The Delhi High Court on Friday, 5 March, expressed its displeasure regarding access given to the media with regard to a supplementary chargesheet filed in a Delhi Riots case, even before cognisance was taken. The court also sought an affidavit from the Delhi Police pinning responsibility on the individual involved in the leak, reported Bar & Bench.
The court was hearing Delhi Riots conspiracy case accused Asif Iqbal Tanha’s writ petition against his media trial.
Justice Mukta Gupta stated that the chargesheet was police property and it was their responsibility to find out the source of the leak, even as advocate Amit Mahajan, appearing on behalf of the Delhi Police, submitted that there was no leak from the agency, Bar & Bench reported.
The court also stated that the leak was “either criminal breach of trust or theft” and posted the matter for hearing next on 25 March.
Appearing for Tanha, advocate Siddharth Aggarwal said in court that even the latest chargesheet pertaining to the case had been leaked to media.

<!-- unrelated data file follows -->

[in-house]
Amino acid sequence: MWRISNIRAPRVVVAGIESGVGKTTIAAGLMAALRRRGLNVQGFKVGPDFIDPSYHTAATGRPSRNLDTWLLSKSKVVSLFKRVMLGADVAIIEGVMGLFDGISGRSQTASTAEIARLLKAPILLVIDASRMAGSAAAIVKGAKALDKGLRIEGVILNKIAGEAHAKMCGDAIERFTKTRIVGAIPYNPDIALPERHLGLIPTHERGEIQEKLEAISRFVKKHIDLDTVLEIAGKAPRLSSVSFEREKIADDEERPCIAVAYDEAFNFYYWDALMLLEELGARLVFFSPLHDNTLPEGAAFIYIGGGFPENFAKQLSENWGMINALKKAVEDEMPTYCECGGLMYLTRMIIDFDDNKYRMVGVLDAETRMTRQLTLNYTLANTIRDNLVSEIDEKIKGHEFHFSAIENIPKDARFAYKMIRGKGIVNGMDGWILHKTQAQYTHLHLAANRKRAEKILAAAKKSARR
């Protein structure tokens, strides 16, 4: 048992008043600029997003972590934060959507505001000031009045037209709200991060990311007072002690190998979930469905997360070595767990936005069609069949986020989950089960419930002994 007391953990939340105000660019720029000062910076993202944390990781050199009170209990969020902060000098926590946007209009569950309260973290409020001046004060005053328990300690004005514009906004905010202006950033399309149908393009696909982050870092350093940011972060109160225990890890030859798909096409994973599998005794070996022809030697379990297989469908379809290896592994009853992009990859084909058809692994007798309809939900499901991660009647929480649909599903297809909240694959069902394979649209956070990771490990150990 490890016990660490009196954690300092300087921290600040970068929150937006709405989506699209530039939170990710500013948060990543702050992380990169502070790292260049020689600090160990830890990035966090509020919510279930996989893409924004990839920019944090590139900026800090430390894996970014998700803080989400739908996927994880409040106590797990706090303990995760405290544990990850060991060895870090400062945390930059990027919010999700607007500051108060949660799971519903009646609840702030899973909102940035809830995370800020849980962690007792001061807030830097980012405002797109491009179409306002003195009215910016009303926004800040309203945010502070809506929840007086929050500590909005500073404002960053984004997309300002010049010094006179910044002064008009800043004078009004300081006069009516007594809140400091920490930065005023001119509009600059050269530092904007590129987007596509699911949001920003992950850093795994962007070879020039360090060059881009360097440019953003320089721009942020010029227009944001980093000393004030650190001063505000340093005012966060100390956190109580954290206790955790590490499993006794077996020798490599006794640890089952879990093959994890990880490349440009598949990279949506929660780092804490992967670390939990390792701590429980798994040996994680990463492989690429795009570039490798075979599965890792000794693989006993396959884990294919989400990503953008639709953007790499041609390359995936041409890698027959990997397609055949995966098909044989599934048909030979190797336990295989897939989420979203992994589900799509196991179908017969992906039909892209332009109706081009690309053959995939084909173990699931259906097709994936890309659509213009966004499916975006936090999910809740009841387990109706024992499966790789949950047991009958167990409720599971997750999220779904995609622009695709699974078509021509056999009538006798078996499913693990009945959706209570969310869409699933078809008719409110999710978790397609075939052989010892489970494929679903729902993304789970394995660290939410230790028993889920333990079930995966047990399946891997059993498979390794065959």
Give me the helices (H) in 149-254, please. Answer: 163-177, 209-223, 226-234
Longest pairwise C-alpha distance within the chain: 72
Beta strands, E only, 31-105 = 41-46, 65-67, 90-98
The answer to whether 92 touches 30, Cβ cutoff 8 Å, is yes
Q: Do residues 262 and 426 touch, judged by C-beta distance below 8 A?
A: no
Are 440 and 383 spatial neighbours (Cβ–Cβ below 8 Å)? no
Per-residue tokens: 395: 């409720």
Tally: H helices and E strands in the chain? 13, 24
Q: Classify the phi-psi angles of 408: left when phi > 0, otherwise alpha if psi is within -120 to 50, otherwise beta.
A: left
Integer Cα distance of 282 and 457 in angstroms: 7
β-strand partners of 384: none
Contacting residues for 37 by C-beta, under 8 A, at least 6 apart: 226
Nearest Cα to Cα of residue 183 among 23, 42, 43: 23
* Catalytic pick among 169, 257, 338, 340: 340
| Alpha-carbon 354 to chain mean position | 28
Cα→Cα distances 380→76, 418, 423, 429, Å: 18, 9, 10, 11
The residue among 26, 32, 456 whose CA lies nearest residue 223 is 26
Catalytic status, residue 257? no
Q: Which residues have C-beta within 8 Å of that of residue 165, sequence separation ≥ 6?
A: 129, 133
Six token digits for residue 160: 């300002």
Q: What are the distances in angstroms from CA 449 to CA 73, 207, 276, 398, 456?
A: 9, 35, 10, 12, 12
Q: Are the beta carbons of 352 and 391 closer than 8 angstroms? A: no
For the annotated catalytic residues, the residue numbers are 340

WHAT DID THE COURT SAY EARLIER?
Earlier this week, on Monday, the Delhi High Court had pulled up the Vigilance Branch of Delhi Police for failing to identify the source of media leak of classified information.
In a scathing indictment over the Delhi Police’s inability to discover a source of the leak, Justice Gupta had said, “This vigilance enquiry is even worse than what they do in a petty theft case.”
Further, as per The Indian Express, the high court described the enquiry report submitted before it as “half-baked” and a “useless piece of paper”.
According to Live Law, the court pointed out that the leakage of case file information did not become unsubstantiated just because the Delhi Police had failed to identify the source of the leakage. It also dismissed the enquiry report’s conclusion of the leakage being unsubstantiated.
WHAT IS THE CASE ABOUT?
Asif Iqbal Tanha had filed a writ petition alleging that several media channels, including Zee News, had in their reports referred to facts from Tanha’s “Disclosure Statement”. He had also said that the broadcast of information from the said document by these media channels prejudiced his right to a free and fair trial, as well as subjected him to a media trial.
Advocate Aggarwal, appearing for Tanha, had pointed out that the Disclosure Statement would anyway not be relied on in a court of law, and yet it had “been put out there even before the first ball is played in the court”.
Tanha had sought the said news reports to be taken down and a probe to be initiated into why this information was leaked in the first place.
(With inputs from Bar & Bench and LiveLaw.)
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